Dolphin Tale 2 (PG) ***
What can be wrong with a movie that features two cute kids, not one but TWO dolphins, Morgan Freeman, Ashley Judd and Harry Connick, Jr.? Not much, as it turns out. For anyone who loves animals, thrills at animal rescues and thinks Ashley Judd as Lorraine Nelson and Harry Connick, Jr., as Dr. Clay Haskett should get together for the benefit of themselves, this is a perfect movie—except for the last bit. Looking perhaps at another sequel, Lorraine and Clay are not united. Their kids (Cozi Zuehlsdorff and Nathan Gamble) have better luck in an absolutely charming teen romance that never quite gets off the ground, no matter how perfect the kids are individually. As for Winter, the tail-less dolphin with her own movie, “Dolphin Tale,” and her new friend, Hope, a rocky road is easy to predict but I shall leave the outcome out of this review. Suffice to say that, without Hope, Winter will be relocated to Texas by the USDA. That means another citizen support group must be formed, like the one in “Dolphin Tale,” to save both animals.
The underwater scenes are spectacular, the emotional bond between the animals and humans is totally gripping, and you cannot avoid emotional investment in the story, even if you try. A side story that is beautifully developed is the parenting challenges for Lorraine and Dr. Haskett as both their kids are faced with challenges they cannot surmount alone. An interesting addition to the cast was Bethany Hamilton, subject of the biography “Soul Surfer” about the loss of her left arm to a tiger shark while surfing.
I suspect you, like I, will fight off the chokes as the emotional stakes keep rising, more for the dolphins than the humans, but all make credible performances in this successful sequel.
The Identical (PG)*
“[The acting experience] is just like opening a secret closet that you never knew existed.” So said Blake Rayne, starring as Elvis—oops—Ryan Hemsley and his twin brother, Drexel, in a new film entitled “The Identical.” Oh, Blake, better that many things stay in the closet, even if you know it exists, than open it and deliver such a horrible product to the American public.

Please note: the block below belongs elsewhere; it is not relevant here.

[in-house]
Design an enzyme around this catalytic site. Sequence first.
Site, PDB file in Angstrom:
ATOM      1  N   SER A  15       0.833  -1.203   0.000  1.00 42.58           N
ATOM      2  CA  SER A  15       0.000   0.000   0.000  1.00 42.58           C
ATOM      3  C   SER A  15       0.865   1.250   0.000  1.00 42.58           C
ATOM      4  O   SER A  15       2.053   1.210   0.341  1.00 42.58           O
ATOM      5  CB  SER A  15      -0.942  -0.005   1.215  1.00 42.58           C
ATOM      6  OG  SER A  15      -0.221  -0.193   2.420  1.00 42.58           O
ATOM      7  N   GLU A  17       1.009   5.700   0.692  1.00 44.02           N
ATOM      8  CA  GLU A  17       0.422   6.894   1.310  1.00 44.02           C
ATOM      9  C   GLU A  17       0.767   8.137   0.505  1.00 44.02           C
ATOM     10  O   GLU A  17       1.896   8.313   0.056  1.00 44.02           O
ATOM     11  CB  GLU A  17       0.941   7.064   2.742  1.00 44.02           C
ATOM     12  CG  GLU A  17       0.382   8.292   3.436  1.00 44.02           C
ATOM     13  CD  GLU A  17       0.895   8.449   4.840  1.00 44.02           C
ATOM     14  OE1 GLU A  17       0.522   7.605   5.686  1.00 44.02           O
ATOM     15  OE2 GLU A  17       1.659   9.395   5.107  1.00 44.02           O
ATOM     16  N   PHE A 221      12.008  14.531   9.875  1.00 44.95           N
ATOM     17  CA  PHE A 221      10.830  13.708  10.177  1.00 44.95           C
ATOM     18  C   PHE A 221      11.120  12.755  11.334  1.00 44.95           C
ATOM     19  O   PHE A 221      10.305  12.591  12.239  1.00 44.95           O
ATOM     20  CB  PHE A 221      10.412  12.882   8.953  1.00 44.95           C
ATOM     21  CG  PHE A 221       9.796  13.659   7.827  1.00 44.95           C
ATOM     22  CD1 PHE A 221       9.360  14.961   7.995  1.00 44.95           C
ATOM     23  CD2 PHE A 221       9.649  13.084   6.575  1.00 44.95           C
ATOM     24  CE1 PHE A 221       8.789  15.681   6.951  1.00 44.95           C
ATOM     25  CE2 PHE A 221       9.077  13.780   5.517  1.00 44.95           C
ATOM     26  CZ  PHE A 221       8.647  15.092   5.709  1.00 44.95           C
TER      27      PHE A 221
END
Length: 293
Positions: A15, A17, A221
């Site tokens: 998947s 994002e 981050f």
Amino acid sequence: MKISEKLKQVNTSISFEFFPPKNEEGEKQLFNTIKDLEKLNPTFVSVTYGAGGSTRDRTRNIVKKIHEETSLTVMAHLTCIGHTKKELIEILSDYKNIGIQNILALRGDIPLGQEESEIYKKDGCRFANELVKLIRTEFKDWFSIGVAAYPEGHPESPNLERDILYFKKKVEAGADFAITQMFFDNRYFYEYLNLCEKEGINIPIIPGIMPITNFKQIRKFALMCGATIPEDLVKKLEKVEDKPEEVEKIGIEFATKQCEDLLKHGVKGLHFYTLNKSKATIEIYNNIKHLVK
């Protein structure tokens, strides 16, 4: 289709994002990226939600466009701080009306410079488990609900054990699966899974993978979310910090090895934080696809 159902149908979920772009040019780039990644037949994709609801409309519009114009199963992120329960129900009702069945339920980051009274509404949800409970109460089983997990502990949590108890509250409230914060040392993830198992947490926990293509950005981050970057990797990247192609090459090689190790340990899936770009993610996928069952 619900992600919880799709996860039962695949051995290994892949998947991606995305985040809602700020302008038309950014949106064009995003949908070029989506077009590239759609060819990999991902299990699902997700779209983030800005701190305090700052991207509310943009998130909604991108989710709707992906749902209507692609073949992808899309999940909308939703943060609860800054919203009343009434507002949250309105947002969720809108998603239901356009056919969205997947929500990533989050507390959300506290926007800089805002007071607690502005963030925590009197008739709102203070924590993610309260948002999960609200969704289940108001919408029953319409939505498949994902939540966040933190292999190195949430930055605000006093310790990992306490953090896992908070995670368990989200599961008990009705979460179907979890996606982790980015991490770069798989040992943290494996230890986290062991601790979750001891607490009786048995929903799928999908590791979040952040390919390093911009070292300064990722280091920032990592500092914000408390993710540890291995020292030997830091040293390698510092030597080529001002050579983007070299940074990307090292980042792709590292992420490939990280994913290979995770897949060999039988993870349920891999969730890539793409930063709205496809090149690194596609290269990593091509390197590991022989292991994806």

Very briefly, Ryan and his brother are separated almost at birth because of hard times for their parents, and Ryan grows up not knowing he has a twin. Vice versa for Drexel as he moves up the ladder of songdom to be known as “The Dream.” His brother, Ryan, grows up frustrated and serving in the Army where he picks up useful skills in the motor pool and returns home to deliver packages for a UPS-like service. Ryan is still as sharp-minded as ever. Case in point is the scene with his future wife.
She: standing in a white uniform and cap behind the reception desk at the local hospital.
He: “ So you’re a nurse.”
She: “Yes, I am.” DUH!
Ryan soon marries her (she attracted to him no doubt by his powers of observation) and enters a contest run by brother Drexel called “The Dream,” which Ryan wins of course. (No spoiler alert necessary. You know from the start that Ryan will win because he IS Drexel, a fact that Drexel, no Phi Beta Kappa himself, does not recognize even though he endorses Ryan as the winner.)
There’s one of the oddities of this mess. Though both are singers and Ryan is making a living as a copy of his more famous brother, billed as “The Identical,” even when they meet, it occurs to neither of them that the resemblance may have an easy explanation. NOBODY figures out the relationship, though they are identical twins—no disparaging remarks about backwoods Tennessee are necessary here, though they may be appropriate—and the plot moves through a cloud of clichés to its predetermined conclusion. There are lines in this miscarriage of cinematic zeal that you expect to hear from the start, and they are all heard eventually: “I made you, Ryan Wade, and don’t ever forget it!” and “It’s not the money. It never was.” There is even a Little Person who stops Ryan from drinking when he discovers the truth and a soupy meeting between his real father and Ryan at Drexel’s grave.
Enough bathos to end the drought in California, and none of it really good movie-making. Ashley Judd is uniquely impervious to aging, though the rest of the cast, especially Ray Liotta, almost rot before your eyes, Seth Green is as irritating as ever as a diminutive drummer, and there is FAR too much Bible thumping to keep the story moving.
This appears to be a production of the Marcellino family as one is a director, another three are producers and there is at least one in the cast. The production company formed by the Marcellinos, City of Peace, is oriented toward Jewish causes and points of view, is located in Nashville where Marcellino “… finds himself overflowing with vision, creativity and a passion to bring ‘redeeming value’ through music, film and video.” I am not really sure what that means since one man’s redemption is another man’s lustful passion, but that’s what the company claims. I did not find this movie redeeming in any way unless Christians wearing a lot of “chains” is redeeming. And unless plagiarizing Elvis Presley is seen as “redeeming.” I found it cheap, exploitative, simplistic, unbelievable and totally predictable. Nothing redeeming there. Go at your own risk.